Foregone Conclusions

When Demi Moore announced her impending divorce from Ashton Kutcher, by way of a publicist’s statement to the Associated Press, what wasn’t surprising was that the 6-year union between a young man and the middle-aged mother of three ended; it was how revealing “the way it was announced” was.

At 49, Demi demonstrated that she is a product of the culture created by Baby Boomers when she made an announcement about her “Traditional Values” by traditional means:

“It is with great sadness and a heavy heart that I have decided to end my six-year marriage to Ashton. As a woman, a mother and a wife there are certain values and vows that I hold sacred, and it is in this spirit that I have chosen to move forward with my life…”

Not lost in her statement is the insinuation that the divorce is happening because “someone” didn’t share in the sacred nature of their vows.

At 33, Ashton revealed that his worldview is squarely informed by a now fading GenX paradigm. His reliance on technology to get his message out led him to Twitter:

“I will forever cherish the time I spent with Demi,” Kutcher tweeted. “Marriage is one of the most difficult things in the world and unfortunately sometimes they fail.”

Tweeting about his divorce isn’t Kutcher’s biggest problem.

At first glance, What sounds like heartfelt expression of “something” is actually a clever attempt to sidestep culpability.

Without attempting to heap abuse on an already unravelling and embarrassing situation it has to be pointed out that “marriages” never fail, people do.

Our all too human attempts to place the responsibility for our failures at the feet of organizations, institutions, and agreements reveals that we’ll go to great lengths to distance ourself from failure… even when that failure is our own.

Haven’t you ever done something like this?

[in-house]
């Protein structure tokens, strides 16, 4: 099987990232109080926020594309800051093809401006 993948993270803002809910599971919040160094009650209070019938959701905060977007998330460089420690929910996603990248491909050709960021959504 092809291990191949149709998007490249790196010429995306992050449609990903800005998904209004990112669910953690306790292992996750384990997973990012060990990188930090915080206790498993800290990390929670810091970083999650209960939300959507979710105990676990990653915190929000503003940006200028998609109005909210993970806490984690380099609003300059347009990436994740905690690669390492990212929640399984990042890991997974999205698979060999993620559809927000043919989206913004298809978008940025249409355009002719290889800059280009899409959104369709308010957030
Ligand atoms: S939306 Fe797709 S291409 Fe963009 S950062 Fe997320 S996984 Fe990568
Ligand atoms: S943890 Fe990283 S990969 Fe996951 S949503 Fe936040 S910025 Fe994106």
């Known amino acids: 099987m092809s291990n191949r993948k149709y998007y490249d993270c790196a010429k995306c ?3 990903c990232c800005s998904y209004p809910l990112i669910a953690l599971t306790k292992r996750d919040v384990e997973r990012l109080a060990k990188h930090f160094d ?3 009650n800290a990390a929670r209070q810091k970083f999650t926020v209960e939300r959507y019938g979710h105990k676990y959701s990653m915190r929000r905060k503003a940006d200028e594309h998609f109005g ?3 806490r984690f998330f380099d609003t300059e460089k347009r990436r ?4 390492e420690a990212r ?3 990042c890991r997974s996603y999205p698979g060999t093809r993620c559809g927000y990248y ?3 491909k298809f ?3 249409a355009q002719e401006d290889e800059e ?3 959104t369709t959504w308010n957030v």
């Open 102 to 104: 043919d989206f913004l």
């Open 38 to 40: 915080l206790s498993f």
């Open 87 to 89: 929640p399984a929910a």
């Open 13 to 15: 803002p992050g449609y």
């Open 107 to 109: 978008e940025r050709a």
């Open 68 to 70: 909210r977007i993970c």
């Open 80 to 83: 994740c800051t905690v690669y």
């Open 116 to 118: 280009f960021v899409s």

When someone makes you angry, and your response is less than stellar, have you ever:

Blamed “frustration” or “the situation” for your poor response.

Used phrases like:

“Well if I’m angry it’s your fault!” or “If you hadn’t made me angry I wouldn’t have_____!”

How about telling your friends that your life would be better if it wasn’t for “the President”, “your neighbors”, or “your parents”?

Because I’ve tried each of these- to no avail.

Regardless of how the many factors of my life change, responsibility dictates that the answers I offer in solution to my problems still have to come through me.

I don’t get to pick what happens to me, I only get to pick my response.

When my response is measured, honest, and God-honoring, I demonstrate that the responsibility for my life lies in my hands. As a Christian, that responsibility is something precious that I have the opportunity to turn over to Jesus.

When I submit to the process of allowing him to determine my responses, I also carry the responsibility of being faithful to follow through with them.

In these situations I no longer find myself at the mercy of others, institutions, or situations; I find myself with an opportunity to, through the prompting of my Savior, live in a way that accepts responsibility for the life I’m living… regardless of who was “at fault”.

God then becomes my source of joy and peace in all things.

Living this way takes practice over time, and while we never truly achieve a flawless consistency, it does offer the distinct advantage of maintaining a close relationship with our Creator and healthier relationships with those in our lives.

Both of which are time infinitely better spent than laying blame on things that can never truly deliver, or accept responsibility for, our happiness.

While a happy ending was never to be assumed for such an unusually lopsided union; a 26 year-old joining the home of a 43 year-old and her preteen daughters is usually a cry for help in any culture, their failure also wasn’t guaranteed… if everyone was willing to assume the proper responsibilities.

While it may not have been helping, their age gap wasn’t the obstacle to “happily ever after” that selfishness was.

And that really seems to be a forgone conclusion for all of us.

5 Responses to “Foregone Conclusions”

  1. ann November 18, 2011 at 9:47 am #

    Well said!

  2. Sharon O November 18, 2011 at 10:17 am #

    And another very true and good writing. With lots to think about. They have no clue what it means to be married for better or worse, sickness and health, it cheapens the comittment when people choose to make poor decisions.

  3. Joe November 18, 2011 at 10:21 am #

    GAL 5:23, also 5:22

  4. Andy Schreiber November 18, 2011 at 12:08 pm #

    And then there’s this:



  5. Jon November 18, 2011 at 1:41 pm #

    Possibly the least responsible way to be “married”…

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